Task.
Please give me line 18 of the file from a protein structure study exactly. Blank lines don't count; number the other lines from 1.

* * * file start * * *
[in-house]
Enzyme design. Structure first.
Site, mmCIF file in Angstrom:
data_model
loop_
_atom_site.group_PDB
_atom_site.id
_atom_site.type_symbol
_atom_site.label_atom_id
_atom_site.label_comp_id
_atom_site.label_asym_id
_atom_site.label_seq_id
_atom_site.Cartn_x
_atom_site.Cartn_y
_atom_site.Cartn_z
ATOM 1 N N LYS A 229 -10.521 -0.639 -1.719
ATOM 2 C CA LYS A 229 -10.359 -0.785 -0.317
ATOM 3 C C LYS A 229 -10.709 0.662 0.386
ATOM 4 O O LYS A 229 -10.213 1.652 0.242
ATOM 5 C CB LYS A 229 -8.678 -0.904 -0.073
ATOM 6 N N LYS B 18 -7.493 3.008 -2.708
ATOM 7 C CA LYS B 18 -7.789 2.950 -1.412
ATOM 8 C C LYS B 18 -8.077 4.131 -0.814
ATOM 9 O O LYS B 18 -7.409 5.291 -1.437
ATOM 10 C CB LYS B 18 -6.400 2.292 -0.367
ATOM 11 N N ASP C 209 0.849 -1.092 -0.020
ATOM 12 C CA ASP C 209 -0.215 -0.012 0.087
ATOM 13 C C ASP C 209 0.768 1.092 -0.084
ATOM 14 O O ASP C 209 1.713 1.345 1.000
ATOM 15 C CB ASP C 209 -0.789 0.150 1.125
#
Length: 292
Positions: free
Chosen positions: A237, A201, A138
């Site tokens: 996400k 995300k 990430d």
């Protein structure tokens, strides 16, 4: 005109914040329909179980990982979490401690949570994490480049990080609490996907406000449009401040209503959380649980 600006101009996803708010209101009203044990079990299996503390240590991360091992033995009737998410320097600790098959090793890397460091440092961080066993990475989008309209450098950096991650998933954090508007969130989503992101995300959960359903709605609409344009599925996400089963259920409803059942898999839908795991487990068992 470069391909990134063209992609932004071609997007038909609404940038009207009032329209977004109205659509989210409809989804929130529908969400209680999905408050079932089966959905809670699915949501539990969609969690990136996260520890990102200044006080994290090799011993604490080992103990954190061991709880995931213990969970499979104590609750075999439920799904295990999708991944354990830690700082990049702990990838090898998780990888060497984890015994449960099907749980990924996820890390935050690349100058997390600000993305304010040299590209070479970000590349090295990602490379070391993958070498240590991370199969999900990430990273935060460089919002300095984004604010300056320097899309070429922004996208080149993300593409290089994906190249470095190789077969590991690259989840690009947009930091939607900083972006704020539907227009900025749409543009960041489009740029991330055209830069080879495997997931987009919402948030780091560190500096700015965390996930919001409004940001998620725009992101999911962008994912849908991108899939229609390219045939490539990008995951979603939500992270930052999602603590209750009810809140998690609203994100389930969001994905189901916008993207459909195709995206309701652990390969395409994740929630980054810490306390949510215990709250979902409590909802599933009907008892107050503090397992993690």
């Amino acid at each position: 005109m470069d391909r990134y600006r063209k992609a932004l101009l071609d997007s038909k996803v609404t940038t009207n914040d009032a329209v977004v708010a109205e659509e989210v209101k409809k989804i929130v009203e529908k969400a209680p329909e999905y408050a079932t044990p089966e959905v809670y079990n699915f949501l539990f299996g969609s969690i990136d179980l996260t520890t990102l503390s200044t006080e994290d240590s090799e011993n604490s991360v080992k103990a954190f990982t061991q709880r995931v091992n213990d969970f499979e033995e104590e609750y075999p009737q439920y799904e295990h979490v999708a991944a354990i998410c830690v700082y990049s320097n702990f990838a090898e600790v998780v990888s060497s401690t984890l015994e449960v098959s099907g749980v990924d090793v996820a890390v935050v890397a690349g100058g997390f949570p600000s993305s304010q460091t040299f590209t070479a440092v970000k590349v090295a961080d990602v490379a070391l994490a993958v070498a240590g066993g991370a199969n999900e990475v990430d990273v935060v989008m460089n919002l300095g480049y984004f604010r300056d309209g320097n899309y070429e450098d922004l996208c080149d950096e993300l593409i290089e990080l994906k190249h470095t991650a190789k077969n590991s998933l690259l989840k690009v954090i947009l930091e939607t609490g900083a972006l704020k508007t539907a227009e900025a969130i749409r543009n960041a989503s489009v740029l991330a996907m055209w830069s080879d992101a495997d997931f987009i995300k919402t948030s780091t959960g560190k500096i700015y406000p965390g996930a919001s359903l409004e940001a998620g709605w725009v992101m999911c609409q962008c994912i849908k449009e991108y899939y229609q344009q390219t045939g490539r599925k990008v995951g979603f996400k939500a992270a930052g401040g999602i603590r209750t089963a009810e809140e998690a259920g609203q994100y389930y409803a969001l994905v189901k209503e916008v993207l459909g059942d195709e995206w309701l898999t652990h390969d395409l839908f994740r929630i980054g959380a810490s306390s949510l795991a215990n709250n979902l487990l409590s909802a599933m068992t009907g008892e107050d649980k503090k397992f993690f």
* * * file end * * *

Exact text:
ATOM 3 C C LYS A 229 -10.709 0.662 0.386